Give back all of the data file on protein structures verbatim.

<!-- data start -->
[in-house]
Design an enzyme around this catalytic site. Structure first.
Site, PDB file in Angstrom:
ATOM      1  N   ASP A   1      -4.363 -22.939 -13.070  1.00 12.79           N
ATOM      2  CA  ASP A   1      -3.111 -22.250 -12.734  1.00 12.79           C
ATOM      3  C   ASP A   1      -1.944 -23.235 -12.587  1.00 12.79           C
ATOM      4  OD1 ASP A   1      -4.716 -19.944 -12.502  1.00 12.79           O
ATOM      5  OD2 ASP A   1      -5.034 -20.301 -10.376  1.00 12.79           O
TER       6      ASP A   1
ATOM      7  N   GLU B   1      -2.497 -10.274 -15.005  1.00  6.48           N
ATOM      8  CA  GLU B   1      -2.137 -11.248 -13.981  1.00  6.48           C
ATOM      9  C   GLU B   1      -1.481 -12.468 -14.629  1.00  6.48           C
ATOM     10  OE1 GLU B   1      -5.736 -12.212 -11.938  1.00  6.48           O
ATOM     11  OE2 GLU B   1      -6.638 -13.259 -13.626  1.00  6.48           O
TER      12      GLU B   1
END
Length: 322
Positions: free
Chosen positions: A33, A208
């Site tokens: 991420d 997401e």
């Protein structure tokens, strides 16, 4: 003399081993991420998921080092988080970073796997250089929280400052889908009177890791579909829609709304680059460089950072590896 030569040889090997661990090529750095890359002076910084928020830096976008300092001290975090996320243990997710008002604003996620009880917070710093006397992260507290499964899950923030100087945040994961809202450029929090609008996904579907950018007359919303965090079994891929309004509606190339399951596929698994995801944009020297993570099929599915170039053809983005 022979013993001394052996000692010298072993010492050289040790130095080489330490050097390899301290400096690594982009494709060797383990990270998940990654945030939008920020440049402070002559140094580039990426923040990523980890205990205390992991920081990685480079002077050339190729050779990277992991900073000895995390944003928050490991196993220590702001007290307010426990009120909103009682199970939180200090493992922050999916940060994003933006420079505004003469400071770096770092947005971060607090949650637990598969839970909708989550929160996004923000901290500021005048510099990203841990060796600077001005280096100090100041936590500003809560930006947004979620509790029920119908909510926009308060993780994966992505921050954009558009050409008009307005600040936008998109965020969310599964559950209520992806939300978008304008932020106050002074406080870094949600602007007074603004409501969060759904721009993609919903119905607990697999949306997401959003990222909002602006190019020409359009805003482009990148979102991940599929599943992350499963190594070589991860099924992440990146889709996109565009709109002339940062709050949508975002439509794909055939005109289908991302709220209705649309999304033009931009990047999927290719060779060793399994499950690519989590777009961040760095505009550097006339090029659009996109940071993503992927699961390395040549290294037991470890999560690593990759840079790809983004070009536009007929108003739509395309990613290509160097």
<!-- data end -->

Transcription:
[in-house]
Design an enzyme around this catalytic site. Structure first.
Site, PDB file in Angstrom:
ATOM      1  N   ASP A   1      -4.363 -22.939 -13.070  1.00 12.79           N
ATOM      2  CA  ASP A   1      -3.111 -22.250 -12.734  1.00 12.79           C
ATOM      3  C   ASP A   1      -1.944 -23.235 -12.587  1.00 12.79           C
ATOM      4  OD1 ASP A   1      -4.716 -19.944 -12.502  1.00 12.79           O
ATOM      5  OD2 ASP A   1      -5.034 -20.301 -10.376  1.00 12.79           O
TER       6      ASP A   1
ATOM      7  N   GLU B   1      -2.497 -10.274 -15.005  1.00  6.48           N
ATOM      8  CA  GLU B   1      -2.137 -11.248 -13.981  1.00  6.48           C
ATOM      9  C   GLU B   1      -1.481 -12.468 -14.629  1.00  6.48           C
ATOM     10  OE1 GLU B   1      -5.736 -12.212 -11.938  1.00  6.48           O
ATOM     11  OE2 GLU B   1      -6.638 -13.259 -13.626  1.00  6.48           O
TER      12      GLU B   1
END
Length: 322
Positions: free
Chosen positions: A33, A208
């Site tokens: 991420d 997401e």
């Protein structure tokens, strides 16, 4: 003399081993991420998921080092988080970073796997250089929280400052889908009177890791579909829609709304680059460089950072590896 030569040889090997661990090529750095890359002076910084928020830096976008300092001290975090996320243990997710008002604003996620009880917070710093006397992260507290499964899950923030100087945040994961809202450029929090609008996904579907950018007359919303965090079994891929309004509606190339399951596929698994995801944009020297993570099929599915170039053809983005 022979013993001394052996000692010298072993010492050289040790130095080489330490050097390899301290400096690594982009494709060797383990990270998940990654945030939008920020440049402070002559140094580039990426923040990523980890205990205390992991920081990685480079002077050339190729050779990277992991900073000895995390944003928050490991196993220590702001007290307010426990009120909103009682199970939180200090493992922050999916940060994003933006420079505004003469400071770096770092947005971060607090949650637990598969839970909708989550929160996004923000901290500021005048510099990203841990060796600077001005280096100090100041936590500003809560930006947004979620509790029920119908909510926009308060993780994966992505921050954009558009050409008009307005600040936008998109965020969310599964559950209520992806939300978008304008932020106050002074406080870094949600602007007074603004409501969060759904721009993609919903119905607990697999949306997401959003990222909002602006190019020409359009805003482009990148979102991940599929599943992350499963190594070589991860099924992440990146889709996109565009709109002339940062709050949508975002439509794909055939005109289908991302709220209705649309999304033009931009990047999927290719060779060793399994499950690519989590777009961040760095505009550097006339090029659009996109940071993503992927699961390395040549290294037991470890999560690593990759840079790809983004070009536009007929108003739509395309990613290509160097």